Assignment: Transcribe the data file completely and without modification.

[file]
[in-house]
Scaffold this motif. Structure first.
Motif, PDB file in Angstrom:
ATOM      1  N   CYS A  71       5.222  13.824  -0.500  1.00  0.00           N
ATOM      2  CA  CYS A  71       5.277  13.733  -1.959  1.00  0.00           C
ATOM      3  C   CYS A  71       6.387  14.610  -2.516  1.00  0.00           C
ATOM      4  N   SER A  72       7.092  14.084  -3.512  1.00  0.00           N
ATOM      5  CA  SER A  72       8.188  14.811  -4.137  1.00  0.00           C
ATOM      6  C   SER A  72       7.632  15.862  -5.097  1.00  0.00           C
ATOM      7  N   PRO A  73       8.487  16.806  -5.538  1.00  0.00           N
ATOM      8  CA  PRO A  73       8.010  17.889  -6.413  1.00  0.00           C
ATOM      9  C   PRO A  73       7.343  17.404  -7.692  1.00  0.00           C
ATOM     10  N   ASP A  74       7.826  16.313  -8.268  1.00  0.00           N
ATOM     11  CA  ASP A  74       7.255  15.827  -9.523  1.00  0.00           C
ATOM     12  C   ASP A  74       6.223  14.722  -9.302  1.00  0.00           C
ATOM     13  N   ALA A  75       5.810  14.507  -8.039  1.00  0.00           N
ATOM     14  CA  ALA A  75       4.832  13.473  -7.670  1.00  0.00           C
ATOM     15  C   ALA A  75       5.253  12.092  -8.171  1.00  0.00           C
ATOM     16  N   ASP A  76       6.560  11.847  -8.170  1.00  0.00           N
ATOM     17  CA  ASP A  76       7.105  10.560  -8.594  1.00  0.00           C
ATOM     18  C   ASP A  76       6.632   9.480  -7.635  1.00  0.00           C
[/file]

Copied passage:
[in-house]
Scaffold this motif. Structure first.
Motif, PDB file in Angstrom:
ATOM      1  N   CYS A  71       5.222  13.824  -0.500  1.00  0.00           N
ATOM      2  CA  CYS A  71       5.277  13.733  -1.959  1.00  0.00           C
ATOM      3  C   CYS A  71       6.387  14.610  -2.516  1.00  0.00           C
ATOM      4  N   SER A  72       7.092  14.084  -3.512  1.00  0.00           N
ATOM      5  CA  SER A  72       8.188  14.811  -4.137  1.00  0.00           C
ATOM      6  C   SER A  72       7.632  15.862  -5.097  1.00  0.00           C
ATOM      7  N   PRO A  73       8.487  16.806  -5.538  1.00  0.00           N
ATOM      8  CA  PRO A  73       8.010  17.889  -6.413  1.00  0.00           C
ATOM      9  C   PRO A  73       7.343  17.404  -7.692  1.00  0.00           C
ATOM     10  N   ASP A  74       7.826  16.313  -8.268  1.00  0.00           N
ATOM     11  CA  ASP A  74       7.255  15.827  -9.523  1.00  0.00           C
ATOM     12  C   ASP A  74       6.223  14.722  -9.302  1.00  0.00           C
ATOM     13  N   ALA A  75       5.810  14.507  -8.039  1.00  0.00           N
ATOM     14  CA  ALA A  75       4.832  13.473  -7.670  1.00  0.00           C
ATOM     15  C   ALA A  75       5.253  12.092  -8.171  1.00  0.00           C
ATOM     16  N   ASP A  76       6.560  11.847  -8.170  1.00  0.00           N
ATOM     17  CA  ASP A  76       7.105  10.560  -8.594  1.00  0.00           C
ATOM     18  C   ASP A  76       6.632   9.480  -7.635  1.00  0.00           C